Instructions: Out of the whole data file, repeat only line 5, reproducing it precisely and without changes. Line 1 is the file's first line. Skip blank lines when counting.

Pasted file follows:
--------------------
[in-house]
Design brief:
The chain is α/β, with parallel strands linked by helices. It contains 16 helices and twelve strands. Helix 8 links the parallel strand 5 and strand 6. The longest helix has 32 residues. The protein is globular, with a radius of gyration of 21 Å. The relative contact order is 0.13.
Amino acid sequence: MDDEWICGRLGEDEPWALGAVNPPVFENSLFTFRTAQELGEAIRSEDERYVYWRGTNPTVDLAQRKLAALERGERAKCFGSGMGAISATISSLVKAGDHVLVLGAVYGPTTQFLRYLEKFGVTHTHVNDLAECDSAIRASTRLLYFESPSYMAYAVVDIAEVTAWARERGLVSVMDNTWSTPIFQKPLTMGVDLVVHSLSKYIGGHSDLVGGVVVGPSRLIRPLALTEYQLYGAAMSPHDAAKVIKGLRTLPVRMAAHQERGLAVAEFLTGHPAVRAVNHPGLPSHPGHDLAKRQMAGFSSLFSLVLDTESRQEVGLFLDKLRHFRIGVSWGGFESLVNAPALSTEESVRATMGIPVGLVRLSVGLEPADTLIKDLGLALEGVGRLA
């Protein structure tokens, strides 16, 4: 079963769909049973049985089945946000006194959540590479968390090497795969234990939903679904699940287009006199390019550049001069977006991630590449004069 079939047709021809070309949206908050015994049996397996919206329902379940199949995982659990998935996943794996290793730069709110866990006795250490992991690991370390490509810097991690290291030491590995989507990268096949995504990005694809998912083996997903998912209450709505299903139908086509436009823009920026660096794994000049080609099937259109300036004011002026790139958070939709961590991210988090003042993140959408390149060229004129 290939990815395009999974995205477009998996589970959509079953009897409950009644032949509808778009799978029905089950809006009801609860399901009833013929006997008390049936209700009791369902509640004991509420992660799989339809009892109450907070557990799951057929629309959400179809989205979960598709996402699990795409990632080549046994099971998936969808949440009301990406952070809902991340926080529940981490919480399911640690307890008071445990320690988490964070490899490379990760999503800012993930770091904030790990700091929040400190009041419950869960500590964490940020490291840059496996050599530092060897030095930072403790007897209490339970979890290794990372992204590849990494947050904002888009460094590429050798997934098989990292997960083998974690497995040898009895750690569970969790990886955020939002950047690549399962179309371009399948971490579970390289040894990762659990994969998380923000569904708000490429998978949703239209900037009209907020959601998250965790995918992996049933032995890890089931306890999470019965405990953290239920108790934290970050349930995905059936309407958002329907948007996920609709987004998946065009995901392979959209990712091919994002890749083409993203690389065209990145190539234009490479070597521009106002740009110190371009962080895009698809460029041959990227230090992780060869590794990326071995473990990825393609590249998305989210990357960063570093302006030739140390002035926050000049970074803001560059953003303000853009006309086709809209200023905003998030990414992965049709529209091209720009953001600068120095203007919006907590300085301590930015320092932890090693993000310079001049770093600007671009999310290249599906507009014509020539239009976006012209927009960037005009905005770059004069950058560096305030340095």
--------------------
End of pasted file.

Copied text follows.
């Protein structure tokens, strides 16, 4: 079963769909049973049985089945946000006194959540590479968390090497795969234990939903679904699940287009006199390019550049001069977006991630590449004069 079939047709021809070309949206908050015994049996397996919206329902379940199949995982659990998935996943794996290793730069709110866990006795250490992991690991370390490509810097991690290291030491590995989507990268096949995504990005694809998912083996997903998912209450709505299903139908086509436009823009920026660096794994000049080609099937259109300036004011002026790139958070939709961590991210988090003042993140959408390149060229004129 290939990815395009999974995205477009998996589970959509079953009897409950009644032949509808778009799978029905089950809006009801609860399901009833013929006997008390049936209700009791369902509640004991509420992660799989339809009892109450907070557990799951057929629309959400179809989205979960598709996402699990795409990632080549046994099971998936969808949440009301990406952070809902991340926080529940981490919480399911640690307890008071445990320690988490964070490899490379990760999503800012993930770091904030790990700091929040400190009041419950869960500590964490940020490291840059496996050599530092060897030095930072403790007897209490339970979890290794990372992204590849990494947050904002888009460094590429050798997934098989990292997960083998974690497995040898009895750690569970969790990886955020939002950047690549399962179309371009399948971490579970390289040894990762659990994969998380923000569904708000490429998978949703239209900037009209907020959601998250965790995918992996049933032995890890089931306890999470019965405990953290239920108790934290970050349930995905059936309407958002329907948007996920609709987004998946065009995901392979959209990712091919994002890749083409993203690389065209990145190539234009490479070597521009106002740009110190371009962080895009698809460029041959990227230090992780060869590794990326071995473990990825393609590249998305989210990357960063570093302006030739140390002035926050000049970074803001560059953003303000853009006309086709809209200023905003998030990414992965049709529209091209720009953001600068120095203007919006907590300085301590930015320092932890090693993000310079001049770093600007671009999310290249599906507009014509020539239009976006012209927009960037005009905005770059004069950058560096305030340095």